United States: FDA Establishes Electronic Privacy, Security, And Reliability Criteria For Clinical Trial Records

Last Updated: August 1 2017
Article by Maureen Bennett, Kimberly Lovett Rockwell, Michele R. Goodman and Ann T. Hollenbeck
Most Read Contributor in United States, September 2019

In Short

The Situation: Technological advances and the growing use of electronic records and tools potentially raise privacy and security concerns in connection with certain FDA-related activities.

The Action: FDA has released a draft guidance to ensure that entities regulated by the Agency follow certain procedures and processes that must be in place to safeguard the electronic records used in clinical research activities and electronic submissions.

Looking Ahead: Stakeholders have until August 21, 2017, to direct comments on the draft guidance to FDA.

In March 1997, the Food and Drug Administration ("FDA") published a final rule, codified in 21 CFR Part 11 ("Part 11"), establishing the privacy, security, and reliability criteria for electronic records and electronic signatures used for certain FDA-related activities. FDA subsequently issued several draft guidance documents and a policy statement to clarify Part 11 but withdrew these documents in early 2003 amid concerns that certain of FDA's broad interpretations of the 1997 final rule would lead to prohibitively high costs of compliance and unintended hindrance on technological innovations.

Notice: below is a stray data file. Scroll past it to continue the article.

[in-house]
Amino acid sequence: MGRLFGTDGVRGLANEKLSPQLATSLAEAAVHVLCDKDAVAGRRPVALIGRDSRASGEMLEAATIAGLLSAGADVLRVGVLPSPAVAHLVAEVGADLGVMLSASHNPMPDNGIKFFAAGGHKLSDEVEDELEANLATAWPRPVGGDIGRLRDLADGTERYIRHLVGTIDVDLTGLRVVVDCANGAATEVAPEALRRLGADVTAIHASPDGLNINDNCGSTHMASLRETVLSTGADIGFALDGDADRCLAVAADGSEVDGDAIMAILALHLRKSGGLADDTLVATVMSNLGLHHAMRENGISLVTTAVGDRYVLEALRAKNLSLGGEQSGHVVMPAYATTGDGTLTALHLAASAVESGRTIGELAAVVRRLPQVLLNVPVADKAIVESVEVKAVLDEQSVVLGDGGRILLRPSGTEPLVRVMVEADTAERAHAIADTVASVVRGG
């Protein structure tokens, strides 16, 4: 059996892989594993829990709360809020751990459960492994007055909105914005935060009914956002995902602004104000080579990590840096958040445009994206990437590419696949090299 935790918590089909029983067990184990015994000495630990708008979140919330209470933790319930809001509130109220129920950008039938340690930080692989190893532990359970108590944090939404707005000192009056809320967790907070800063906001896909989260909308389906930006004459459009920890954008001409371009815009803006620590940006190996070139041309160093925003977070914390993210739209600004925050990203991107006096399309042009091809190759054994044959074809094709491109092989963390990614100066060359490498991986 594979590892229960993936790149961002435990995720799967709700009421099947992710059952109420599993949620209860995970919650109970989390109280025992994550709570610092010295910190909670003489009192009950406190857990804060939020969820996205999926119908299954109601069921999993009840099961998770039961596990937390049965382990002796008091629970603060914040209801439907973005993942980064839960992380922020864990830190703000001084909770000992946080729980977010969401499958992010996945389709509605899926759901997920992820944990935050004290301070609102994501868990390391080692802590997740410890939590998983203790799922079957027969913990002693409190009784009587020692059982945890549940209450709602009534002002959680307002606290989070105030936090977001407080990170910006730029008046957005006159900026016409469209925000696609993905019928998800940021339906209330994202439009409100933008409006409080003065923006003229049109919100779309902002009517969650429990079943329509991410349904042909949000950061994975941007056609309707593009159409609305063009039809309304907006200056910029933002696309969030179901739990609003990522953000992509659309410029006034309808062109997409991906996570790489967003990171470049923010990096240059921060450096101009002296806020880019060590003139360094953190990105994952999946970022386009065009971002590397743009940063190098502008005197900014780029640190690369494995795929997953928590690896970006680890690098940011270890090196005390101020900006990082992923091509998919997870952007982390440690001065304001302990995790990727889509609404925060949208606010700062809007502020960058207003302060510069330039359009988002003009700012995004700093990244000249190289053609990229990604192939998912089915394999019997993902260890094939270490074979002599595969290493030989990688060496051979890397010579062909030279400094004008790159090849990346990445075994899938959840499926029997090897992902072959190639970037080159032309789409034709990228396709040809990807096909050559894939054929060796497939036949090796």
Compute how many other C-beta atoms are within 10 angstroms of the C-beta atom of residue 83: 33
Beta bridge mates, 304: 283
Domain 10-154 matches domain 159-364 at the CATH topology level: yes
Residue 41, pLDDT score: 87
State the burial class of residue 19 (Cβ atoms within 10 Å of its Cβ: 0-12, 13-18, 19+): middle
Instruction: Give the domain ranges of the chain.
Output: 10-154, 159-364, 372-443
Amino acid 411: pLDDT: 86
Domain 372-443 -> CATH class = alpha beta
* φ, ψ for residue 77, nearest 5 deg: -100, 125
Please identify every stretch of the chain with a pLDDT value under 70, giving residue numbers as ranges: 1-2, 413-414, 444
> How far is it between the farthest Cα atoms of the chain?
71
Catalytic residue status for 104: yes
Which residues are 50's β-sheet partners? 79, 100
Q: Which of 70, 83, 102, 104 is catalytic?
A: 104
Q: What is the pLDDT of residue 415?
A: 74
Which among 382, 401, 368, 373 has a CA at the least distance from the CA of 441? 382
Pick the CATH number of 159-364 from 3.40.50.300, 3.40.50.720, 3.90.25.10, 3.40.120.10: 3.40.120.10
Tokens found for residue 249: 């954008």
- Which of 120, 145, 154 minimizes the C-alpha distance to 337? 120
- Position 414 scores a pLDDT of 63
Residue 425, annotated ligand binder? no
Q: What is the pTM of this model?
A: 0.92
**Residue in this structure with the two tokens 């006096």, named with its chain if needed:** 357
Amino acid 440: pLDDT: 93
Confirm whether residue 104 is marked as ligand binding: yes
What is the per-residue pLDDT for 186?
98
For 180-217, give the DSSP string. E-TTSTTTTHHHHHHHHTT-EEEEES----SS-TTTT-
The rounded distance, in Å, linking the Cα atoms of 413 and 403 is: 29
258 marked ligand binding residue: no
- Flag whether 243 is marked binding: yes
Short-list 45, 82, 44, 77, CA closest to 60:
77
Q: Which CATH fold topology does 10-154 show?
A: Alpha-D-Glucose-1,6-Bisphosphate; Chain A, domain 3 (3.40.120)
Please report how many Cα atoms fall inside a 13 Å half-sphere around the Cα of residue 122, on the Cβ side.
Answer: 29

Subsequently, in August 2003, FDA further clarified that it was conducting a reexamination of Part 11 and would exercise enforcement discretion during the reexamination period with regard to Part 11 compliance. In June 2017—more than 13 years after FDA began its reexamination—FDA issued draft guidance on the application of Part 11 to electronic records and electronic signatures used by sponsors, investigators, and third parties when engaged in clinical research activities ("2017 Draft Guidance").

FDA explained the necessity of this 2017 Draft Guidance as stemming from advances in technology and the growing use of electronic records and tools such as audit trails, validation processes, and automated date-and-time stamps. The purpose of the guidance is to ensure that entities regulated by FDA understand that certain procedures and processes must be in place to safeguard the authenticity, integrity, and, when appropriate, the confidentiality of electronic records used in clinical research activities and electronic submissions.

One important area touched upon by the 2017 Draft Guidance is electronic records validation processes. FDA makes clear that regulated entities should have and document "risk-based" validation plans for electronic systems, which should include consideration of the purpose, intended use, nature, and significance of the electronic systems. Such validation could include: processes such as system testing to demonstrate correct installation and functioning; requiring vendor documentation of validation; or documenting and testing any changes to the electronic systems. The 2017 Draft Guidance states that during FDA inspection, FDA will focus on ensuring that any critical data (e.g., lab values, study endpoint data) are not altered in meaning or value when transferred to another system or data format.